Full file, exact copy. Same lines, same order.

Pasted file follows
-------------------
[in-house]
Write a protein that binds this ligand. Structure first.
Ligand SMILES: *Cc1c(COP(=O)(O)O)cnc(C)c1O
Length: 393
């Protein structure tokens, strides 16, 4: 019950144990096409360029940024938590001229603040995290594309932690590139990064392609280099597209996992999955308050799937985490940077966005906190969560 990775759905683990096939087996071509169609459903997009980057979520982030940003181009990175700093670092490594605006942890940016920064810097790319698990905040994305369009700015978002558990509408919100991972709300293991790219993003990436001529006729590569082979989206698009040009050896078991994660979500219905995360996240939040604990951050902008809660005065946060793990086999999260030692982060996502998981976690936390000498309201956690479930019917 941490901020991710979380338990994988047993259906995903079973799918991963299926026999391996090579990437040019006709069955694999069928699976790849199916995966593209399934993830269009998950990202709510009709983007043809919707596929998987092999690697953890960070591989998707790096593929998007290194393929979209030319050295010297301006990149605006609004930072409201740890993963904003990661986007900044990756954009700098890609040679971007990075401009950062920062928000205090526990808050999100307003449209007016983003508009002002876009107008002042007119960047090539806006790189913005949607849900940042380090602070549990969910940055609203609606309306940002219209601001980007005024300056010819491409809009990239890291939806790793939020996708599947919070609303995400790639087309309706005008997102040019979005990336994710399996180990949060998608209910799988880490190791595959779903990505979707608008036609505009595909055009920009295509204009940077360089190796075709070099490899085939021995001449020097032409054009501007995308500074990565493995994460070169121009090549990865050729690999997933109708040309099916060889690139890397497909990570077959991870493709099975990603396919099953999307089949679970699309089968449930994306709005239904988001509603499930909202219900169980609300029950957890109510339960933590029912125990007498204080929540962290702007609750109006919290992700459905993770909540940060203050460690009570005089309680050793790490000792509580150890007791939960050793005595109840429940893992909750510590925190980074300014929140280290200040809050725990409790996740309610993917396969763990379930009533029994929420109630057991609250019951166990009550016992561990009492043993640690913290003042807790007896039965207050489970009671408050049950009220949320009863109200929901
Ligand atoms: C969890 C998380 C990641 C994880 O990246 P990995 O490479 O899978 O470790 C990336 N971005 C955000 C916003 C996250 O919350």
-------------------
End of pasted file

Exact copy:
[in-house]
Write a protein that binds this ligand. Structure first.
Ligand SMILES: *Cc1c(COP(=O)(O)O)cnc(C)c1O
Length: 393
């Protein structure tokens, strides 16, 4: 019950144990096409360029940024938590001229603040995290594309932690590139990064392609280099597209996992999955308050799937985490940077966005906190969560 990775759905683990096939087996071509169609459903997009980057979520982030940003181009990175700093670092490594605006942890940016920064810097790319698990905040994305369009700015978002558990509408919100991972709300293991790219993003990436001529006729590569082979989206698009040009050896078991994660979500219905995360996240939040604990951050902008809660005065946060793990086999999260030692982060996502998981976690936390000498309201956690479930019917 941490901020991710979380338990994988047993259906995903079973799918991963299926026999391996090579990437040019006709069955694999069928699976790849199916995966593209399934993830269009998950990202709510009709983007043809919707596929998987092999690697953890960070591989998707790096593929998007290194393929979209030319050295010297301006990149605006609004930072409201740890993963904003990661986007900044990756954009700098890609040679971007990075401009950062920062928000205090526990808050999100307003449209007016983003508009002002876009107008002042007119960047090539806006790189913005949607849900940042380090602070549990969910940055609203609606309306940002219209601001980007005024300056010819491409809009990239890291939806790793939020996708599947919070609303995400790639087309309706005008997102040019979005990336994710399996180990949060998608209910799988880490190791595959779903990505979707608008036609505009595909055009920009295509204009940077360089190796075709070099490899085939021995001449020097032409054009501007995308500074990565493995994460070169121009090549990865050729690999997933109708040309099916060889690139890397497909990570077959991870493709099975990603396919099953999307089949679970699309089968449930994306709005239904988001509603499930909202219900169980609300029950957890109510339960933590029912125990007498204080929540962290702007609750109006919290992700459905993770909540940060203050460690009570005089309680050793790490000792509580150890007791939960050793005595109840429940893992909750510590925190980074300014929140280290200040809050725990409790996740309610993917396969763990379930009533029994929420109630057991609250019951166990009550016992561990009492043993640690913290003042807790007896039965207050489970009671408050049950009220949320009863109200929901
Ligand atoms: C969890 C998380 C990641 C994880 O990246 P990995 O490479 O899978 O470790 C990336 N971005 C955000 C916003 C996250 O919350």